The banking sector plays a major role in the development of the economy, as it mobilizes deposits and provides credit to various sectors across India. In India, the banking sector collects surplus funds from customers/depositors in the form of deposits and channelizes them to borrowers in the form of loans.
In India, the Reserve Bank or RBI is the central banking institution. The RBI regulates and operates the banking system in India. It supervises and administers exchange control and banking regulations and also administers the government's monetary policy.
RBI encompasses commercial banks, co-operative banks and development banks that function according to the guidelines imposed by the RBI. These banks provide various banking services across India from urban and metropolitan areas to the remotest rural areas.
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Prior to Nationalization, majority of the banks were owned and managed by private owners and shareholders. For the betterment of the country, the government nationalized the banks. Private Banks were class-based and there were monopolies that would only benefit a few people in India.
This led to the concentration of power in the hands of a few. With the nationalization of banks, the credit scenario changed, benefitting all sections of society and contributed to overall prosperity of the Nation. The Indian Government recognized the need to bring banks under some form of government control, to be able to finance India’s growing financial needs. The RBI was the first bank to be nationalized, way back in 1949.
SEE ALSO: History of Banking in India
A bank is an institution that provides fundamental banking services like accepting deposits and providing loans. The structure of the Indian banking system is discussed below:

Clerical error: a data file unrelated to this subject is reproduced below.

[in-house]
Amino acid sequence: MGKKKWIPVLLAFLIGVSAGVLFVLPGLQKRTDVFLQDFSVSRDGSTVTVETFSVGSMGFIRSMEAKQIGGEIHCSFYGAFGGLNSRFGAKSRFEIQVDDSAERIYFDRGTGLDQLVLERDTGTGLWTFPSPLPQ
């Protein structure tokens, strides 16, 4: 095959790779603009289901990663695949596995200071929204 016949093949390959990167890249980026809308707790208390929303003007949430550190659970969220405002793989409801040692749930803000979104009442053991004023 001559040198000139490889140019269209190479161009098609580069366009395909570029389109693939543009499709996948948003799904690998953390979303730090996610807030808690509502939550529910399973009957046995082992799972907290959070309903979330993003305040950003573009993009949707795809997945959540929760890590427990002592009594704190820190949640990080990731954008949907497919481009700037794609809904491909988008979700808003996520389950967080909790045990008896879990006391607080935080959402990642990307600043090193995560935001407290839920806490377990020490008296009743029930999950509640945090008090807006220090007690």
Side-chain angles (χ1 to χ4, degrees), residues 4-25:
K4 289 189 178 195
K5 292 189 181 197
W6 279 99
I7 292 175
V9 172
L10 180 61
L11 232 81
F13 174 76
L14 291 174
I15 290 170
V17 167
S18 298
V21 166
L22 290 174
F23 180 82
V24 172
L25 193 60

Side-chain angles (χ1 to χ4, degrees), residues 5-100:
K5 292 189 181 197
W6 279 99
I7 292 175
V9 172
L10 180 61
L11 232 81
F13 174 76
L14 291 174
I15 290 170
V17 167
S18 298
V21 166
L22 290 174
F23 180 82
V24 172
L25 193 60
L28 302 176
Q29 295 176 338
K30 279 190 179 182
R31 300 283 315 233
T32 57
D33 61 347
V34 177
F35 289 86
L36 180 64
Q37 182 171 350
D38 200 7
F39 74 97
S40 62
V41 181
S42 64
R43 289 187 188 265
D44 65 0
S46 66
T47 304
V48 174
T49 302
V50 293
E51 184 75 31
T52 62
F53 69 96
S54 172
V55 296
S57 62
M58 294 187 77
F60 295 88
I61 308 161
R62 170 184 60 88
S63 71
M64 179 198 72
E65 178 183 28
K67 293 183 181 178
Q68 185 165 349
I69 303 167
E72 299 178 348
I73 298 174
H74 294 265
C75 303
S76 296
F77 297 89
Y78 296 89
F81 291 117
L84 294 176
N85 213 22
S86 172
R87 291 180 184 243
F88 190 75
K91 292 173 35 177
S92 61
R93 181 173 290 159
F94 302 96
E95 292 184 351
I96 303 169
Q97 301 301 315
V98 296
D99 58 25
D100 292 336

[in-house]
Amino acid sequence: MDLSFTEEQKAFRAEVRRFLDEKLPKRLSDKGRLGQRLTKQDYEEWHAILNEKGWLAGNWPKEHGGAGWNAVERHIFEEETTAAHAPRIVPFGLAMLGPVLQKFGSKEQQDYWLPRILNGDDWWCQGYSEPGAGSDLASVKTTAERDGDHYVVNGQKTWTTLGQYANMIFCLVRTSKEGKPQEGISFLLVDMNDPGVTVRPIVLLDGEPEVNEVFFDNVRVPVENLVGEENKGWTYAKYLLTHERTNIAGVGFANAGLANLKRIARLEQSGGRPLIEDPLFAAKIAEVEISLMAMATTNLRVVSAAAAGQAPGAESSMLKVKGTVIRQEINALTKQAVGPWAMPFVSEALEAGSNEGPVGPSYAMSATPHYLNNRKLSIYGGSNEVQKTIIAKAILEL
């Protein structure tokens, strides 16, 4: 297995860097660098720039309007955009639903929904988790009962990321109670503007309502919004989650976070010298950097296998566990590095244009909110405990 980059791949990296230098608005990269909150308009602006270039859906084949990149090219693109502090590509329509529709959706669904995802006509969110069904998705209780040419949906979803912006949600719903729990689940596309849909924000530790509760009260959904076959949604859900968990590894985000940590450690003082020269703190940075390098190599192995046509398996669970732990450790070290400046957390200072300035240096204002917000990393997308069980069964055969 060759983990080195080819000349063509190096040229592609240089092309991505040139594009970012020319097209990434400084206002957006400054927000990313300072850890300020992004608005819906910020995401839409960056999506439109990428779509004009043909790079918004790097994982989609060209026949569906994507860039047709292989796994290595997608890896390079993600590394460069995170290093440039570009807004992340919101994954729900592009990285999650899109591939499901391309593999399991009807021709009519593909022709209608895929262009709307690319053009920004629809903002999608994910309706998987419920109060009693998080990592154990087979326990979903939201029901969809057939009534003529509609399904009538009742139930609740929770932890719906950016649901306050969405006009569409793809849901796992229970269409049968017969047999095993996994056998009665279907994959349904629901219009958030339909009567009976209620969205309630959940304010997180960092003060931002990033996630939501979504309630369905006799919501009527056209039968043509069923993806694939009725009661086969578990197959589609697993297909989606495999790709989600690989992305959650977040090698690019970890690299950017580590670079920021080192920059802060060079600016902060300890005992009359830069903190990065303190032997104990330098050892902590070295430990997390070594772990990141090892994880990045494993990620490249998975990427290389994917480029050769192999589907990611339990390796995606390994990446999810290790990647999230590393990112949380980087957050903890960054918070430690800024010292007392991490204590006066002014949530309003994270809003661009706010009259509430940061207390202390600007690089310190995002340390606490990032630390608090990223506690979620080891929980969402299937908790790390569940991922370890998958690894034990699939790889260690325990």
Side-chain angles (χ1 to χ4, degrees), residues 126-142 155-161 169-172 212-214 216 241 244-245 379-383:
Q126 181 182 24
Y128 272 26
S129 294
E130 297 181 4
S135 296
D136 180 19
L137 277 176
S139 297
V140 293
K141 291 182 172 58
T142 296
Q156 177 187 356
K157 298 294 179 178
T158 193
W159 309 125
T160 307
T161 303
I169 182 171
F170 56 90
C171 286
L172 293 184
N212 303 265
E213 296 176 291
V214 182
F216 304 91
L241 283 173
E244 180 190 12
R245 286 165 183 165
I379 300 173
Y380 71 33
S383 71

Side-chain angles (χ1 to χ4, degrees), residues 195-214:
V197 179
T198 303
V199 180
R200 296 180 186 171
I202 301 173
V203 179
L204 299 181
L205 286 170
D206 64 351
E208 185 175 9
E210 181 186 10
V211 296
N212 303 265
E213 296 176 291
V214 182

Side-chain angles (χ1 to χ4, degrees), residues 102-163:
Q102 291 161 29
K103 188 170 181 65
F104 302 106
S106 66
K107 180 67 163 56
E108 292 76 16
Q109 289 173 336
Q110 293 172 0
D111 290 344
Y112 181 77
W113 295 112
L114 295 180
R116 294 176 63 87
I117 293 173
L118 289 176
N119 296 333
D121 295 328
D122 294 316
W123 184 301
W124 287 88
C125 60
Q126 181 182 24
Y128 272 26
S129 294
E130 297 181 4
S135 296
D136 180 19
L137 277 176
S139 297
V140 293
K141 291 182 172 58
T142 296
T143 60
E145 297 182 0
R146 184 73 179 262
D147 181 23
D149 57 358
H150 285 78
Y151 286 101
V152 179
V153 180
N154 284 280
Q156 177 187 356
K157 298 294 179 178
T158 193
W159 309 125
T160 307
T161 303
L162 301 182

Public Sector Banks in India: These are the major types of banks in India, where more than 50% stake is held by the Government. At present, there are 21 public sector banks in India. Out of this, 19 are Nationalized Banks and 2 banks come under PSUs. (These are SBI and IDBI Bank).
Scheduled Banks: Scheduled Banks in India are those banks which are listed under the 2nd schedule of the Reserve Bank of India Act, 1934. These banks must maintain a certain amount with RBI and, in return, they enjoy the facility of financial accommodation and remittance facilities at concessionary rates from the RBI.
In the past, banks were controlled and managed by private entrepreneurs and shareholders. The government felt the need to nationalize these commercial banks to ensure banking facilities were available to all citizens and end the monopoly in the banking sector.
The process of nationalization of banks began when the Reserve Bank of India was nationalized on 1st January 1949 with the passing of the Reserve Bank Act, 1948. The first step towards the nationalization of commercial banks was taken with the nationalization of the Imperial Bank of India as the State Bank of India on 1st July 1955. The second step was taken when 7 State-associated banks were nationalized as subsidiaries of the State Bank of India in 1959. The third major step was the nationalization of 14 major commercial banks with deposits exceeding Rs 50 crores each on 19th July 1969. The last step was the nationalization of 6 more commercial banks on 15th April 1980.
Nationalization of commercial banks was carried out due to the following reasons:
SEE ALSO: Commercial Banks in India
In India, there are 3 main financial regulators. They are:
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